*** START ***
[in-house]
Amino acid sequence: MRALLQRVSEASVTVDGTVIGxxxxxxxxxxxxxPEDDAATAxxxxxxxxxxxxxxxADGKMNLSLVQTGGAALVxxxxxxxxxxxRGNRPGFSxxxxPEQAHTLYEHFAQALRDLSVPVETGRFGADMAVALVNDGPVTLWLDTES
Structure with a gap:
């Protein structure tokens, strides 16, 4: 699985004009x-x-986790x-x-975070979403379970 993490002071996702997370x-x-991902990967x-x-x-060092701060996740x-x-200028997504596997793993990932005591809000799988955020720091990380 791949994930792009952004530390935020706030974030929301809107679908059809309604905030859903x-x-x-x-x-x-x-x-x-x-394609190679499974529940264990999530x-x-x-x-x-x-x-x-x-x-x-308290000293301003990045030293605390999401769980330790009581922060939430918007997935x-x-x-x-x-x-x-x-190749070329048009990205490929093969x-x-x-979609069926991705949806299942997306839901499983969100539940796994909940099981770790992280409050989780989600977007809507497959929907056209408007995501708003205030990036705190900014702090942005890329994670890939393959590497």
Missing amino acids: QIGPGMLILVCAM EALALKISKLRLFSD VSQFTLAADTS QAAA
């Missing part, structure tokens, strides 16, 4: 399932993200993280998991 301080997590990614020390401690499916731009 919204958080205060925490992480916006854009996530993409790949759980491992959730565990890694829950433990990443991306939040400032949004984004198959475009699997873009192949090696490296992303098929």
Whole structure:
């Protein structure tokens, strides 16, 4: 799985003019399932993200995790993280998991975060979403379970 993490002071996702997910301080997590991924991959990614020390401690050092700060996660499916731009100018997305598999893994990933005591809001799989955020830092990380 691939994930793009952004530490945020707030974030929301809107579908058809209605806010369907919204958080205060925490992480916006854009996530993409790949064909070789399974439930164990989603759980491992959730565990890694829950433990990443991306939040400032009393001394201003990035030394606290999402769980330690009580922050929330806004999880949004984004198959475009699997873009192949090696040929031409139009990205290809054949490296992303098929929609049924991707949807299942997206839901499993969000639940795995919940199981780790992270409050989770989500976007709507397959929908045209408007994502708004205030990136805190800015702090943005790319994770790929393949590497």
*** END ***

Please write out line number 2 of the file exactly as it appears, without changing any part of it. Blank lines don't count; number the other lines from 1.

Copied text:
Amino acid sequence: MRALLQRVSEASVTVDGTVIGxxxxxxxxxxxxxPEDDAATAxxxxxxxxxxxxxxxADGKMNLSLVQTGGAALVxxxxxxxxxxxRGNRPGFSxxxxPEQAHTLYEHFAQALRDLSVPVETGRFGADMAVALVNDGPVTLWLDTES